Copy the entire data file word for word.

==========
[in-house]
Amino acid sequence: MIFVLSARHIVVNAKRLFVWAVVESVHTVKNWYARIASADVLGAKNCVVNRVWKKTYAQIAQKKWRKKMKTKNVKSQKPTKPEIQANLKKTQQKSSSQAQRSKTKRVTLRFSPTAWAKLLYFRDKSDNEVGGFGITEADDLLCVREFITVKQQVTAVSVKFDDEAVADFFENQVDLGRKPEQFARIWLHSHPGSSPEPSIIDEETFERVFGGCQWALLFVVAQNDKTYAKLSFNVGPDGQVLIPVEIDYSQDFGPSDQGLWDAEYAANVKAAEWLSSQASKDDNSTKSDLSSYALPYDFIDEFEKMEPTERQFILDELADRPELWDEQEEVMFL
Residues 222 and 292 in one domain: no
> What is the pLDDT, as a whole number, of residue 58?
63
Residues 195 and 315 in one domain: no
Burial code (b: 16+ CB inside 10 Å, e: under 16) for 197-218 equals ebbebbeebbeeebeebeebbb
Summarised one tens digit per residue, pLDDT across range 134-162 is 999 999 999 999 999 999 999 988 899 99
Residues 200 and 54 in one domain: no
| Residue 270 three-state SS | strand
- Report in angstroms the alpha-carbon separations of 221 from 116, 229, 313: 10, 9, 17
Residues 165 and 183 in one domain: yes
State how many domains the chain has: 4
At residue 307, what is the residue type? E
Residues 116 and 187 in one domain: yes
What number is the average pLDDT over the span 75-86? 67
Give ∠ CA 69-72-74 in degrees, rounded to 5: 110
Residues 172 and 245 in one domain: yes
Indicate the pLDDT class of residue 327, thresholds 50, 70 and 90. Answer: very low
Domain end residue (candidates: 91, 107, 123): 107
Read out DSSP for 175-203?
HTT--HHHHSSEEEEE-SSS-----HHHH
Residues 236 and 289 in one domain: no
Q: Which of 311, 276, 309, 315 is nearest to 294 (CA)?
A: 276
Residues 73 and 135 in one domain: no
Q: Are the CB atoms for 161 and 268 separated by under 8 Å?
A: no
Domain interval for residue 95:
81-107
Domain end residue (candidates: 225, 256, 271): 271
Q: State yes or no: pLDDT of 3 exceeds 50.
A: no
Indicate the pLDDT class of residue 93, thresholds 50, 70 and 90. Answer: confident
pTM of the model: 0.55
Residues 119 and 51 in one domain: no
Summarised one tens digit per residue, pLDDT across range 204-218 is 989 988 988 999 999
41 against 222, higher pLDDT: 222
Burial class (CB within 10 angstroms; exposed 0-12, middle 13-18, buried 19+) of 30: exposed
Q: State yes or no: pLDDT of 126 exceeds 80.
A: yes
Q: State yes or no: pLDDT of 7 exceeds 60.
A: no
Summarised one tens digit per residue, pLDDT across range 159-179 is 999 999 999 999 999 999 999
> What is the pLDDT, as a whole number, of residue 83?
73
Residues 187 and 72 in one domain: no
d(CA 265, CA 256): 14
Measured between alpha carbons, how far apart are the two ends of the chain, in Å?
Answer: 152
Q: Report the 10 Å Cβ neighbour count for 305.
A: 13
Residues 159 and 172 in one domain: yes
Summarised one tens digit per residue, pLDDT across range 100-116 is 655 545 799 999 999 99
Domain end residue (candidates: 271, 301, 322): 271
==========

[in-house]
Amino acid sequence: MIFVLSARHIVVNAKRLFVWAVVESVHTVKNWYARIASADVLGAKNCVVNRVWKKTYAQIAQKKWRKKMKTKNVKSQKPTKPEIQANLKKTQQKSSSQAQRSKTKRVTLRFSPTAWAKLLYFRDKSDNEVGGFGITEADDLLCVREFITVKQQVTAVSVKFDDEAVADFFENQVDLGRKPEQFARIWLHSHPGSSPEPSIIDEETFERVFGGCQWALLFVVAQNDKTYAKLSFNVGPDGQVLIPVEIDYSQDFGPSDQGLWDAEYAANVKAAEWLSSQASKDDNSTKSDLSSYALPYDFIDEFEKMEPTERQFILDELADRPELWDEQEEVMFL
Residues 222 and 292 in one domain: no
> What is the pLDDT, as a whole number, of residue 58?
63
Residues 195 and 315 in one domain: no
Burial code (b: 16+ CB inside 10 Å, e: under 16) for 197-218 equals ebbebbeebbeeebeebeebbb
Summarised one tens digit per residue, pLDDT across range 134-162 is 999 999 999 999 999 999 999 988 899 99
Residues 200 and 54 in one domain: no
| Residue 270 three-state SS | strand
- Report in angstroms the alpha-carbon separations of 221 from 116, 229, 313: 10, 9, 17
Residues 165 and 183 in one domain: yes
State how many domains the chain has: 4
At residue 307, what is the residue type? E
Residues 116 and 187 in one domain: yes
What number is the average pLDDT over the span 75-86? 67
Give ∠ CA 69-72-74 in degrees, rounded to 5: 110
Residues 172 and 245 in one domain: yes
Indicate the pLDDT class of residue 327, thresholds 50, 70 and 90. Answer: very low
Domain end residue (candidates: 91, 107, 123): 107
Read out DSSP for 175-203?
HTT--HHHHSSEEEEE-SSS-----HHHH
Residues 236 and 289 in one domain: no
Q: Which of 311, 276, 309, 315 is nearest to 294 (CA)?
A: 276
Residues 73 and 135 in one domain: no
Q: Are the CB atoms for 161 and 268 separated by under 8 Å?
A: no
Domain interval for residue 95:
81-107
Domain end residue (candidates: 225, 256, 271): 271
Q: State yes or no: pLDDT of 3 exceeds 50.
A: no
Indicate the pLDDT class of residue 93, thresholds 50, 70 and 90. Answer: confident
pTM of the model: 0.55
Residues 119 and 51 in one domain: no
Summarised one tens digit per residue, pLDDT across range 204-218 is 989 988 988 999 999
41 against 222, higher pLDDT: 222
Burial class (CB within 10 angstroms; exposed 0-12, middle 13-18, buried 19+) of 30: exposed
Q: State yes or no: pLDDT of 126 exceeds 80.
A: yes
Q: State yes or no: pLDDT of 7 exceeds 60.
A: no
Summarised one tens digit per residue, pLDDT across range 159-179 is 999 999 999 999 999 999 999
> What is the pLDDT, as a whole number, of residue 83?
73
Residues 187 and 72 in one domain: no
d(CA 265, CA 256): 14
Measured between alpha carbons, how far apart are the two ends of the chain, in Å?
Answer: 152
Q: Report the 10 Å Cβ neighbour count for 305.
A: 13
Residues 159 and 172 in one domain: yes
Summarised one tens digit per residue, pLDDT across range 100-116 is 655 545 799 999 999 99
Domain end residue (candidates: 271, 301, 322): 271